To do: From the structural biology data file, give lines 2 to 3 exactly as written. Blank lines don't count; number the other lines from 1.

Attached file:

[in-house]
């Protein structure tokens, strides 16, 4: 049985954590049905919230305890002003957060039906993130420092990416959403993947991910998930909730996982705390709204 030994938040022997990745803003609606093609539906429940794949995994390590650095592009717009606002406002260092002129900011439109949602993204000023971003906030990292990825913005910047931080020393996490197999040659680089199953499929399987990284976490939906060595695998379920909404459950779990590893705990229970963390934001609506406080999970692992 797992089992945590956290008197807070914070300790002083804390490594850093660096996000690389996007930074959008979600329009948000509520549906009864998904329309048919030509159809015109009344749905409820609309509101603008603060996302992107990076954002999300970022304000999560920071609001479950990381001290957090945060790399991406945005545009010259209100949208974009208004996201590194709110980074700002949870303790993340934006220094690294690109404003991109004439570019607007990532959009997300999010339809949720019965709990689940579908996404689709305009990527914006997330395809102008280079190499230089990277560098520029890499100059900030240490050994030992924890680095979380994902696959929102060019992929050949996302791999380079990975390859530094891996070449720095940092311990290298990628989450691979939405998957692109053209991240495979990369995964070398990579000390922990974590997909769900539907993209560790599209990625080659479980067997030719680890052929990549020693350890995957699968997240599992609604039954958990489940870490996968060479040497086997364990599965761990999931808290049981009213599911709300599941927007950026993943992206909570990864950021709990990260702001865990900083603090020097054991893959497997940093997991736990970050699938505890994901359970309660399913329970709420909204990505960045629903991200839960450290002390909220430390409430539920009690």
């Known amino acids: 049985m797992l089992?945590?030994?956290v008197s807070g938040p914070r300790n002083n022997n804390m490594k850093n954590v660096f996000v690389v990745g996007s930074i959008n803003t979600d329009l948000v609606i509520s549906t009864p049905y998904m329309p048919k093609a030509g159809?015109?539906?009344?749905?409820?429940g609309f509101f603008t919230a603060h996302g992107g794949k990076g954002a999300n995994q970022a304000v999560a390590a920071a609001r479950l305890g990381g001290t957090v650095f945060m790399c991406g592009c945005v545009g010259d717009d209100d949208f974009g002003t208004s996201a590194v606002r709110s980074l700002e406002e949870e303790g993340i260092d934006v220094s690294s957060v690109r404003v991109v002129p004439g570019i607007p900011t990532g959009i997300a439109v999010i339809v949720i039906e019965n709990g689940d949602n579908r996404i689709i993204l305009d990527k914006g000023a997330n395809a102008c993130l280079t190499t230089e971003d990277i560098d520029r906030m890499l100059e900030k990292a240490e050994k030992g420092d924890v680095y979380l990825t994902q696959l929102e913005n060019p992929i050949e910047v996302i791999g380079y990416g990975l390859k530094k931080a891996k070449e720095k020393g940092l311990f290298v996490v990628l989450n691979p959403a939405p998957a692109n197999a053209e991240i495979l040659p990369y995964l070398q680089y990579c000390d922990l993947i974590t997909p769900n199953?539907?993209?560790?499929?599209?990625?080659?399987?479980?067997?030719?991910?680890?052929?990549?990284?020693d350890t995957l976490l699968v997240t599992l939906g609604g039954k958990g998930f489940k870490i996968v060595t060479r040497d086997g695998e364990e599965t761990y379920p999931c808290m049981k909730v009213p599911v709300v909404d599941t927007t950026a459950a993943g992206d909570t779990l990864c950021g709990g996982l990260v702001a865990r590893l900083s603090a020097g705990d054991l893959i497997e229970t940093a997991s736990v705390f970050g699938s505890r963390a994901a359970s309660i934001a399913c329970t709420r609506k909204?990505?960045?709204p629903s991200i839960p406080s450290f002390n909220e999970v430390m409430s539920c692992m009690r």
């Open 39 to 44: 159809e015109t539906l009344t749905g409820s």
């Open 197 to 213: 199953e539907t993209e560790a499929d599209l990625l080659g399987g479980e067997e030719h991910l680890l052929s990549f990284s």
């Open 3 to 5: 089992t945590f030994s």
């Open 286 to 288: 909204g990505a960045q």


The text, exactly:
């Protein structure tokens, strides 16, 4: 049985954590049905919230305890002003957060039906993130420092990416959403993947991910998930909730996982705390709204 030994938040022997990745803003609606093609539906429940794949995994390590650095592009717009606002406002260092002129900011439109949602993204000023971003906030990292990825913005910047931080020393996490197999040659680089199953499929399987990284976490939906060595695998379920909404459950779990590893705990229970963390934001609506406080999970692992 797992089992945590956290008197807070914070300790002083804390490594850093660096996000690389996007930074959008979600329009948000509520549906009864998904329309048919030509159809015109009344749905409820609309509101603008603060996302992107990076954002999300970022304000999560920071609001479950990381001290957090945060790399991406945005545009010259209100949208974009208004996201590194709110980074700002949870303790993340934006220094690294690109404003991109004439570019607007990532959009997300999010339809949720019965709990689940579908996404689709305009990527914006997330395809102008280079190499230089990277560098520029890499100059900030240490050994030992924890680095979380994902696959929102060019992929050949996302791999380079990975390859530094891996070449720095940092311990290298990628989450691979939405998957692109053209991240495979990369995964070398990579000390922990974590997909769900539907993209560790599209990625080659479980067997030719680890052929990549020693350890995957699968997240599992609604039954958990489940870490996968060479040497086997364990599965761990999931808290049981009213599911709300599941927007950026993943992206909570990864950021709990990260702001865990900083603090020097054991893959497997940093997991736990970050699938505890994901359970309660399913329970709420909204990505960045629903991200839960450290002390909220430390409430539920009690």
């Known amino acids: 049985m797992l089992?945590?030994?956290v008197s807070g938040p914070r300790n002083n022997n804390m490594k850093n954590v660096f996000v690389v990745g996007s930074i959008n803003t979600d329009l948000v609606i509520s549906t009864p049905y998904m329309p048919k093609a030509g159809?015109?539906?009344?749905?409820?429940g609309f509101f603008t919230a603060h996302g992107g794949k990076g954002a999300n995994q970022a304000v999560a390590a920071a609001r479950l305890g990381g001290t957090v650095f945060m790399c991406g592009c945005v545009g010259d717009d209100d949208f974009g002003t208004s996201a590194v606002r709110s980074l700002e406002e949870e303790g993340i260092d934006v220094s690294s957060v690109r404003v991109v002129p004439g570019i607007p900011t990532g959009i997300a439109v999010i339809v949720i039906e019965n709990g689940d949602n579908r996404i689709i993204l305009d990527k914006g000023a997330n395809a102008c993130l280079t190499t230089e971003d990277i560098d520029r906030m890499l100059e900030k990292a240490e050994k030992g420092d924890v680095y979380l990825t994902q696959l929102e913005n060019p992929i050949e910047v996302i791999g380079y990416g990975l390859k530094k931080a891996k070449e720095k020393g940092l311990f290298v996490v990628l989450n691979p959403a939405p998957a692109n197999a053209e991240i495979l040659p990369y995964l070398q680089y990579c000390d922990l993947i974590t997909p769900n199953?539907?993209?560790?499929?599209?990625?080659?399987?479980?067997?030719?991910?680890?052929?990549?990284?020693d350890t995957l976490l699968v997240t599992l939906g609604g039954k958990g998930f489940k870490i996968v060595t060479r040497d086997g695998e364990e599965t761990y379920p999931c808290m049981k909730v009213p599911v709300v909404d599941t927007t950026a459950a993943g992206d909570t779990l990864c950021g709990g996982l990260v702001a865990r590893l900083s603090a020097g705990d054991l893959i497997e229970t940093a997991s736990v705390f970050g699938s505890r963390a994901a359970s309660i934001a399913c329970t709420r609506k909204?990505?960045?709204p629903s991200i839960p406080s450290f002390n909220e999970v430390m409430s539920c692992m009690r």